“D” for Depression
Women who eat high amounts of vitamin D may lower their risk of depression
The list of health benefits linked to vitamin D
is rapidly growing, and a report in the American Journal of Clinical Nutrition
suggests that women who eat high amounts of vitamin D may lower their risk of having depression
symptoms by as much as 20%.
Dietary vitamin D linked to a healthier mood
In this study, which included 81,189 postmenopausal women from the Women’s Health Initiative, researchers used questionnaires to estimate the amount of vitamin D that women ate and informally diagnose depression symptoms. The results of the questionnaires, given at the beginning of the study and three years later, showed:
Women who consumed a total of 800 IU of vitamin D or more through diet and supplements had a 20% lower risk of having depression symptoms compared with women who ate less than 100 IU of vitamin D.
In women who did not have depression symptoms at the beginning of the study, those who ate 400 IU or more of dietary vitamin D per day had a 20% lower risk of having depression symptoms at the three year follow-up compared with women who ate 100 IU or less of dietary vitamin D per day
The study authors comment, “Vitamin D may affect the function of dopamine and norepinephrine, which are monoamine neurotransmitters that are likely involved in depression.” They add that further research is needed to know more about the role of vitamin D in preventing and possibly treating depression.
Getting your vitamin D
- Try these top dietary sources of vitamin D. Top sources of dietary vitamin D include oily fish such as salmon and mackerel. Non-fish options include vitamin D–fortified foods and beverages such as cereal, margarine, yogurt, milk, and orange juice. To a lesser extent, eggs and sardines are also sources of vitamin D.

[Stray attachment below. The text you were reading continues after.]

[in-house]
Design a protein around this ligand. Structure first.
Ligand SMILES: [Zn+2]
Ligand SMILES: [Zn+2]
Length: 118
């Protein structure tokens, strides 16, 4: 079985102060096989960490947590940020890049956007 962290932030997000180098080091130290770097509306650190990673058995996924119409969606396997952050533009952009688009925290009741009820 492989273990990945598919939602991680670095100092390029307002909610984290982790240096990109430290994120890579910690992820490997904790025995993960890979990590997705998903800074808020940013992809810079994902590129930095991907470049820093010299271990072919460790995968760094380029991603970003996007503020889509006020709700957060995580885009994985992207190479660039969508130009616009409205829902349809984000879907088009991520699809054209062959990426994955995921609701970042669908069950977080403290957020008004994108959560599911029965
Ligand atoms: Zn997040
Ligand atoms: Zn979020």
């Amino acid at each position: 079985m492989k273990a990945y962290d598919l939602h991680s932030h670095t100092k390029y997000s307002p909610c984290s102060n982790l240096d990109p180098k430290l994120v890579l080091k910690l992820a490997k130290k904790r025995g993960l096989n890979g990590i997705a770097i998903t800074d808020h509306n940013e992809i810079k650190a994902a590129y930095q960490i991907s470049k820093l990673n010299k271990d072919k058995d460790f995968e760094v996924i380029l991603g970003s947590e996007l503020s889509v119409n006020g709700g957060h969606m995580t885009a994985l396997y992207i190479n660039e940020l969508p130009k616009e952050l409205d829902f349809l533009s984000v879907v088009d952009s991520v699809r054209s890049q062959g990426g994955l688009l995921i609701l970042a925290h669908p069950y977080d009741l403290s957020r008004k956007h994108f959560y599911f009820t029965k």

- Check your vitamin D status. Increasingly, doctors recommend that people have their vitamin D levels checked to ensure a healthy level that may help prevent disease and optimize the health of your mind and body. If the level is found to be low then a doctor may recommend vitamin D supplements. When thinking about taking a supplement, check with a doctor about the appropriate dose, duration of time to take the supplement, and the potential risks and benefits.
- Live a balanced life. Getting enough vitamin D is just one aspect of having a healthy mind and body. People who eat a balanced diet, exercise regularly, and who have strong social supports are also less likely to be depressed. See a healthcare professional if you feel you are suffering from symptoms of depression such as persistent sadness, feelings of hopelessness, frequent crying, and/or a loss of interest in participating in social activities.
(Am J Clin Nutr doi:10.3945/ajcn.111.017384)
Jane Hart, MD, board-certified in internal medicine, serves in a variety of professional roles including consultant, journalist, and educator. Dr. Hart, a Clinical Instructor at Case Medical School in Cleveland, Ohio, writes extensively about health and wellness and a variety of other topics for nationally recognized organizations, websites, and print publications. Sought out for her expertise in the areas of integrative and preventive medicine, she is frequently quoted by national and local media. Dr. Hart is a professional lecturer for healthcare professionals, consumers, and youth and is a regular corporate speaker.